I’m not a big gift giver, but I’ve always been well aware of the fact that most parents buy presents for their children’s teachers. So when my daughter started daycare and had teachers she loved, I wanted to get something for them for Christmas.
Unfortunately, she had a rotation of about six different teachers she spent time with regularly. Buying for all of them would have quickly killed my Christmas budget. So I always kept it simple, usually bringing in coffees and baked goods in the days leading up to Christmas. Everyone was always happy and grateful, and I felt good about acknowledging all they did for my little girl.
This year, though, she’s in preschool. And for the first time, she has two dedicated teachers she spends most of her days with.
Getting them an actual gift suddenly felt important.
The problem was, I had no idea where to start. I’m a terrible gift giver when it comes to people I love and truly know. What the heck am I supposed to get teachers I only ever see in the context of the school setting?
The idea of buying for even just one more person can feel overwhelming.
There was that cute wine idea I saw floating around last year, but I don’t actually know that either of her teachers drink (I know, it’s crazy to think, but not everyone does.) And even if they do, I don’t know what their preferences are.
I thought about putting together a fun gift basket, but I don’t really know anything about their likes or food allergies. Living in Alaska, a cute scarf or hat is always an option, but I'd hate to spend money on something they might hate.
Truth be told, knowing I’m not a great gift giver, I might have a bit of gift-giving anxiety. So, feeling a bit at a loss, I took to Facebook and asked my readers what they typically give their children’s teachers. And their responses were pretty much everything.
First of all, did you know that some schools give parents a questionnaire filled out by teachers at the beginning of each year with all their likes and interests? Favorite foods, coffee, restaurants, things they collect. It's amazing! If your school DOESN’T do this, it might be time to make a request. I know I will next year. Showing teacher appreciation becomes SO much easier when you know exactly what it is that would make your teacher feel appreciated.
One of my readers commented on the dilemma of buying for teachers, though, stating, “I feel bad. I wasn’t planning on getting my daughter’s teacher anything. Am I a bad person because of this? I have a rule, only people 18 and under get Christmas gifts. I have seven birthdays in the month of December and Christmas stuff on top of that. I just don’t really have the funds to add yet another gift.”
Truthfully, I TOTALLY get her dilemma. In my circle of friends and family, the adults don’t buy gifts for each other… period. We focus on the kids, and for us, it’s just about being together.
As a single mama, I really appreciate this. I get how the holiday season can kill your budget and create added stress, and how the idea of buying for even just one more person can feel overwhelming.
But for me, buying gifts for my daughter’s teachers is a priority for several reasons.
I want them to know I value all they do for my daughter. ... This is one of the rare opportunities I get to express that.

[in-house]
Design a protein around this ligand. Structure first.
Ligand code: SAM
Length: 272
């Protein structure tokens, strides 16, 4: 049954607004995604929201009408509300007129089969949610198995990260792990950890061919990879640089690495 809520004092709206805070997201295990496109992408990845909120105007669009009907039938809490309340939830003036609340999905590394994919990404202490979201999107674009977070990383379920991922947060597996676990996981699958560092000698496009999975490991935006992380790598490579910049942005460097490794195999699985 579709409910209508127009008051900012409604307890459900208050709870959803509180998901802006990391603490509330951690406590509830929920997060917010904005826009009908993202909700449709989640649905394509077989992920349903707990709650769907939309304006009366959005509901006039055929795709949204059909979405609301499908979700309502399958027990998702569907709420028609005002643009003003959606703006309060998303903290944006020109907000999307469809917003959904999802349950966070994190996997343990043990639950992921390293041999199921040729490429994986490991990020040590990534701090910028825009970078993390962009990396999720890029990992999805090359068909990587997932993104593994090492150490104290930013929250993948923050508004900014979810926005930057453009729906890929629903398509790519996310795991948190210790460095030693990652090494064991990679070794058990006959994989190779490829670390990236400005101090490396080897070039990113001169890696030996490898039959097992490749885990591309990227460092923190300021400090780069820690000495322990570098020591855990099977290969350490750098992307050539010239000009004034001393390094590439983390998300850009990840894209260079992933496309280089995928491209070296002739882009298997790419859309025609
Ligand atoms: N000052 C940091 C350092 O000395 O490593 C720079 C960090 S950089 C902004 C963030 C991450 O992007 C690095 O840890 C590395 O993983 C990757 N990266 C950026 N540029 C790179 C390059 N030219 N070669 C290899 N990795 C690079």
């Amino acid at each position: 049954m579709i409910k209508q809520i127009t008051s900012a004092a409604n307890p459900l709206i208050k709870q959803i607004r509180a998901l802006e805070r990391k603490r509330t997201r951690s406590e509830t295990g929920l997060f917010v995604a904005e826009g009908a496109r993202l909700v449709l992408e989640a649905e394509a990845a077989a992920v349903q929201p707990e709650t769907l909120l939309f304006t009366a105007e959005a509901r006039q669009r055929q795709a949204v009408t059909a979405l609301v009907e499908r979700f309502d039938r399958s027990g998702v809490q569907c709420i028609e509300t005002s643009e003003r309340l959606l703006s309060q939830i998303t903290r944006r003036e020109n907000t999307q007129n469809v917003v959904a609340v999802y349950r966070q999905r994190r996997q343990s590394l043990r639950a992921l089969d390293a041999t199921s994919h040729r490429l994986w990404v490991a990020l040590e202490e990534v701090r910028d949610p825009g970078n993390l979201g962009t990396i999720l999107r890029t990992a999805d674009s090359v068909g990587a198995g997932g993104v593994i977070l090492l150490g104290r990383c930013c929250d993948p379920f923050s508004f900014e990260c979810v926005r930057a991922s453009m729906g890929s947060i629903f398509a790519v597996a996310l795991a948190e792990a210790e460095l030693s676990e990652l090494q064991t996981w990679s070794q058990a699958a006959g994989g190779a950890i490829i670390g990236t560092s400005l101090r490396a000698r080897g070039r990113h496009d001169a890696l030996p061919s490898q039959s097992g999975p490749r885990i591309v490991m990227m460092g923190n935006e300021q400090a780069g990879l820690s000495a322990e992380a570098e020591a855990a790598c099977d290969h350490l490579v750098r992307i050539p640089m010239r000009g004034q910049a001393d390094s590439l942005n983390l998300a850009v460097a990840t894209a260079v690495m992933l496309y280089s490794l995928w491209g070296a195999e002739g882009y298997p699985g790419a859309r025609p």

For one, it’s an opportunity to teach my daughter about giving. These are HER people, you know? She spends several hours a day, five days a week, with these teachers. Besides me, they are the people she spends the most time with.
And I do want the concept of giving to be important to her, especially around the holidays. I want her to value giving more than receiving. So if I want to instill that in her, helping her with these gifts now (while she’s still young) and then including her in the process later is important. Because ultimately, she is going to be the one giving these gifts to her teachers, and they are arguably on the list of most currently significant people in her life.
On top of that, I feel really strongly that teachers don’t get the credit (or pay) they deserve. Again, these are the people I trust with my child for so long. I want them to know I value all they do for my daughter. And because we aren’t close outside of that school setting, this is one of the rare opportunities I get to express that.
So giving to my daughter’s teachers is important to me, even though they are actually the only adults I have on my list. But that does bring me back to the dilemma of what to get them.
Thankfully, I had a lot of teachers weigh in on that thread, and the overwhelming response was a pretty simple one: Teachers want gift cards.
Yes, it seems like a cop-out. Even as a terrible gift giver, I would generally prefer to find something personal and meaningful to give. But the teachers have spoken, and really, it makes sense. As one pointed out, teachers have more coffee cups than they know what to with, they have their own trees and ornaments (that they may not necessarily want to cover in ornaments from kids), and just as you have to eventually throw away some of your kid’s crafts, when they are getting craft gifts from 30 different kids every year ... it adds up and mostly winds up in the trash.
Gift cards, though? They love those. Gift cards to their favorite restaurants, or coffee shops, or Amazon or even Target (because everyone loves Target). That’s what your child’s teacher wants this year.
Maybe you can spruce it up with a nice card (something I plan on doing) and a cute picture of your kiddo. But in the true spirit of giving, gift cards are what they’re vying for.
So if you’ll excuse me, I have some Spafinder holiday gift cards to order.